Bill Bonner

About the Author Bill Bonner

Bill Bonner founded Agora Inc. in 1978. It has grown into one of the largest independent newsletter publishing companies in the world. Bill has also co-written two New York Times bestselling books, Financial Reckoning Day and Empire of Debt. He has written a daily financial column since 1999. His Diary of a Rogue Economist is your gateway to Bill’s decades of accrued knowledge about history, politics, society, finance and economics. Sometimes funny, sometimes frightening – but always entertaining and packed with useful insight, Diary of a Rogue Economist can help you make sense of the complex world we live in today. Editor's Note: If you enjoyed Bill’s article, sign up for the Diary of a Rogue Economist and get his special report, "The One Secret You Must Know to Be Successful". LINK:

China’s Bubble Makes the Dot-Com Boom Look Mild

By Chris Hunter,

What goes up must come down, and what goes up in a straight line is going to come down hard and fast.

That’s what’s happening right now with Chinese stocks.

As we’ve covered in Diary, China’s main stock market index, the Shanghai Composite Index rose 60% from the start of the year to its peak on June 12. Since then it’s down 24%.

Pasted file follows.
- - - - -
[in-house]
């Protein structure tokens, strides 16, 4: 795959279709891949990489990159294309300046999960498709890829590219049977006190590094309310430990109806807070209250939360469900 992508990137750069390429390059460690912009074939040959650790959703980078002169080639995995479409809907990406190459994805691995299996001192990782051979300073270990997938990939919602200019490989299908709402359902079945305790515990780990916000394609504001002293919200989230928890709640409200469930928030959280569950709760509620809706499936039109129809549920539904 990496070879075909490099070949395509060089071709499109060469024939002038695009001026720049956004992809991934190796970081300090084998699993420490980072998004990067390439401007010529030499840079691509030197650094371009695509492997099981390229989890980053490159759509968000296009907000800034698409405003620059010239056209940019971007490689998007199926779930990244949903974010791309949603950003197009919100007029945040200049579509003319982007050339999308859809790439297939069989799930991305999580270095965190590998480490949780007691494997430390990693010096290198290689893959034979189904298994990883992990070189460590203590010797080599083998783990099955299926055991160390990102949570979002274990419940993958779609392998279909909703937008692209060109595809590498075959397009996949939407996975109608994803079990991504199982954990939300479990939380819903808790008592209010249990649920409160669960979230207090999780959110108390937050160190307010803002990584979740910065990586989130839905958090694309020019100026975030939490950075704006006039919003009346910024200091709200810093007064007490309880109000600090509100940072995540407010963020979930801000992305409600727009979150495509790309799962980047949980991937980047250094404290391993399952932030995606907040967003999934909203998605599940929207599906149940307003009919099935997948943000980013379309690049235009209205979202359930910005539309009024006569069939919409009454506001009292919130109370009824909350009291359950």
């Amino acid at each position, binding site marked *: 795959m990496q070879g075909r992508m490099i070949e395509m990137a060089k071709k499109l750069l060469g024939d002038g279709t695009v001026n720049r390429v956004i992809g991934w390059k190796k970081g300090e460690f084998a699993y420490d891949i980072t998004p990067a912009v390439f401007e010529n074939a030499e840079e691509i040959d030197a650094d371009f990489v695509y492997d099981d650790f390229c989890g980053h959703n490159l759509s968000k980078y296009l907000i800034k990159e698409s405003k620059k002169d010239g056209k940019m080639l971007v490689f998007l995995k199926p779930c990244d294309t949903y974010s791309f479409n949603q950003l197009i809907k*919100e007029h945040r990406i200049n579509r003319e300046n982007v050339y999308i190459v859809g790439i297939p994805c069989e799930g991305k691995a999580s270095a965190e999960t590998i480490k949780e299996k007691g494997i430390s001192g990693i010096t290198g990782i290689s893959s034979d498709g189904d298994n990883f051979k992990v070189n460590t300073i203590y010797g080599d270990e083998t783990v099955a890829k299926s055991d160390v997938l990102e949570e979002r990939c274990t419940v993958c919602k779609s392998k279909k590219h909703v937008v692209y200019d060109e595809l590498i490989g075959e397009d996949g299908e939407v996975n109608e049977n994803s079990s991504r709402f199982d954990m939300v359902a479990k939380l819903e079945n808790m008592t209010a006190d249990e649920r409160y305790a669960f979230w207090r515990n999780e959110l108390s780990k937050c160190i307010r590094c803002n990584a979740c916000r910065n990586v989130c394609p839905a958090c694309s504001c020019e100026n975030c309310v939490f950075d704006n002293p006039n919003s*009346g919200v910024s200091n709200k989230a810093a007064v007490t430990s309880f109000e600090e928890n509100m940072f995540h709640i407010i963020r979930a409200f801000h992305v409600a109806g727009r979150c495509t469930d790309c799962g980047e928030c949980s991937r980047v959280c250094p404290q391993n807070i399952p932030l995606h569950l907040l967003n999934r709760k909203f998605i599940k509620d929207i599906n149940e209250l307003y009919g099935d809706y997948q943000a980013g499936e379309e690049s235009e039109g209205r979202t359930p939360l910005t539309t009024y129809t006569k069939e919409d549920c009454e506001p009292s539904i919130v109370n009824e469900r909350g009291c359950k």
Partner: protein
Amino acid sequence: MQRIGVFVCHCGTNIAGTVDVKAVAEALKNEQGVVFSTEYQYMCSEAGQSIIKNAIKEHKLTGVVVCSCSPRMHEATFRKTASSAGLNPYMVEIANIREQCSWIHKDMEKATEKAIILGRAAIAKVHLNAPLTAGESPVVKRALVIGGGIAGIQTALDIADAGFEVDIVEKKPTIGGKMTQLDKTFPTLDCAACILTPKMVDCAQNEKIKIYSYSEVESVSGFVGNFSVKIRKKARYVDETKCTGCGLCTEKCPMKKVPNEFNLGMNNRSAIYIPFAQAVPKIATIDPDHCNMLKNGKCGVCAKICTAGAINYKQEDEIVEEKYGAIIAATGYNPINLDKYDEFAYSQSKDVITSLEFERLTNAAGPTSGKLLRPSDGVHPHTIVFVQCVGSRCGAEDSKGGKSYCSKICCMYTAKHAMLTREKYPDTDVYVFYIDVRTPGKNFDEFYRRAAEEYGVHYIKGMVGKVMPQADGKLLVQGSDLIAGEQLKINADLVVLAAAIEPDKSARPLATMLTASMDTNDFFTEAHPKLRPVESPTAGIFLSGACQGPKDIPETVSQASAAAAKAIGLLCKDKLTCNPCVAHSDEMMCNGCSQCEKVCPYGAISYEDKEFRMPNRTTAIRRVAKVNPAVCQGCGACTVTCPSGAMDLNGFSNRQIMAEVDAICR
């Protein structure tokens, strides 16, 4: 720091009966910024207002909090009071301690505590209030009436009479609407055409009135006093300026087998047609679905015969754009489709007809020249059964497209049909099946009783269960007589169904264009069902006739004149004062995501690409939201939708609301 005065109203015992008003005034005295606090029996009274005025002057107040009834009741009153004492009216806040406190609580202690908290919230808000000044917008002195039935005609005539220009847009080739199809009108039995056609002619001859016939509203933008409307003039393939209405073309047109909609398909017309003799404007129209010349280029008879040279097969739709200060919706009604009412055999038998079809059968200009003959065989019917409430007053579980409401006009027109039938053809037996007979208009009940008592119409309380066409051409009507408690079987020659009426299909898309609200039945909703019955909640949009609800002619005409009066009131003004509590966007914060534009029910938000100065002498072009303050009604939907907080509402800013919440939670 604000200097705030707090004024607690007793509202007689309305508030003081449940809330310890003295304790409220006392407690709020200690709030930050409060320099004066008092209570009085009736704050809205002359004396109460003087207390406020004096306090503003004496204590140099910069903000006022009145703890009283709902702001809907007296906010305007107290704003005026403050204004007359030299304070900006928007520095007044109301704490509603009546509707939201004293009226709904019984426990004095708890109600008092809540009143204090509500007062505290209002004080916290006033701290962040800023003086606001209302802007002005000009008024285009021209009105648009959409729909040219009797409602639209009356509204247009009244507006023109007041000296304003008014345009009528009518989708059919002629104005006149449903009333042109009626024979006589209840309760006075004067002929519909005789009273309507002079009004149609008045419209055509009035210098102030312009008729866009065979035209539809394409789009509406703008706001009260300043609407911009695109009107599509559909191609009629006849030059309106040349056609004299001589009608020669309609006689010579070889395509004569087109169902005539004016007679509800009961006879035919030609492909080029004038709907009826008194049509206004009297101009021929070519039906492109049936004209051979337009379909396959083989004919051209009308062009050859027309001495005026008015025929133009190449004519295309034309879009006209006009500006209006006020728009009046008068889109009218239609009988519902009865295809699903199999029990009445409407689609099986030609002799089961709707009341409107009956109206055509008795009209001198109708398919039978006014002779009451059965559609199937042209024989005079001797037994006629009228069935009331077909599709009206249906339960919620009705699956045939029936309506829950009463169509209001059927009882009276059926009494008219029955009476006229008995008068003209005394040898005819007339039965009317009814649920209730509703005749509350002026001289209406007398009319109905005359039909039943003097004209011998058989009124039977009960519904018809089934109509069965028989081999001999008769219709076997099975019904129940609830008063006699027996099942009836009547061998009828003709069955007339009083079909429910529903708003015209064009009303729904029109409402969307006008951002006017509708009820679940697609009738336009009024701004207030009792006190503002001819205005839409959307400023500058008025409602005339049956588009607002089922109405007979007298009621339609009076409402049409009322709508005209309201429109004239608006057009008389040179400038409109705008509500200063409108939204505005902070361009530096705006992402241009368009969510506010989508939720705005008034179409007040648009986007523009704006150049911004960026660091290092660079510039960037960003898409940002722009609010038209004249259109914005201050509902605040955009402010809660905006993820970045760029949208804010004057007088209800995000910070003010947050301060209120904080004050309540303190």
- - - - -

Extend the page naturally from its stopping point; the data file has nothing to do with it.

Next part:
As Bill warned Bill Bonner Letter readers in April:

On the evidence, central planning neither tames economic cycles nor creates them; it merely amplifies them.

Nowhere is this more evident than in the recent performance of China’s other big stock market index, the Shenzhen Stock Exchange Composite.

Think of Shanghai stocks as the equivalent of the S&P 500. Think of Shenzhen stocks as the equivalent of the Nasdaq. Shenzhen stocks tend to be more technology focused. They also tend to have a smaller market capitalization.


As you can see above, Shenzhen stocks soared 122% from the start of the year to their peak on June 12. Since then, they’ve plunged 30%.

This is a big deal…

According to colleague Alan Gula at Wall Street Daily, the total market cap of Shenzhen stocks is 46% of China’s GDP. Back at the peak of the dot-com bubble, in March 2000, the market cap of the Nasdaq was just 39% of GDP.

In other words, if the Shenzhen stocks continue to tank, it could have a bigger effect on the Chinese economy than the tech wreck in the U.S in 2000. The U.S. economy went into recession a year later.

And Shenzhen stocks have an even longer way to fall than Nasdaq stocks did back at the peak of the dot-com bubble.

Back then, the median price-to-earnings (P/E) ratio for Nasdaq stocks was 59.

At the June 12 peak, the median P/E for Shenzhen stocks was 121 – more than double the peak dot-com valuation.

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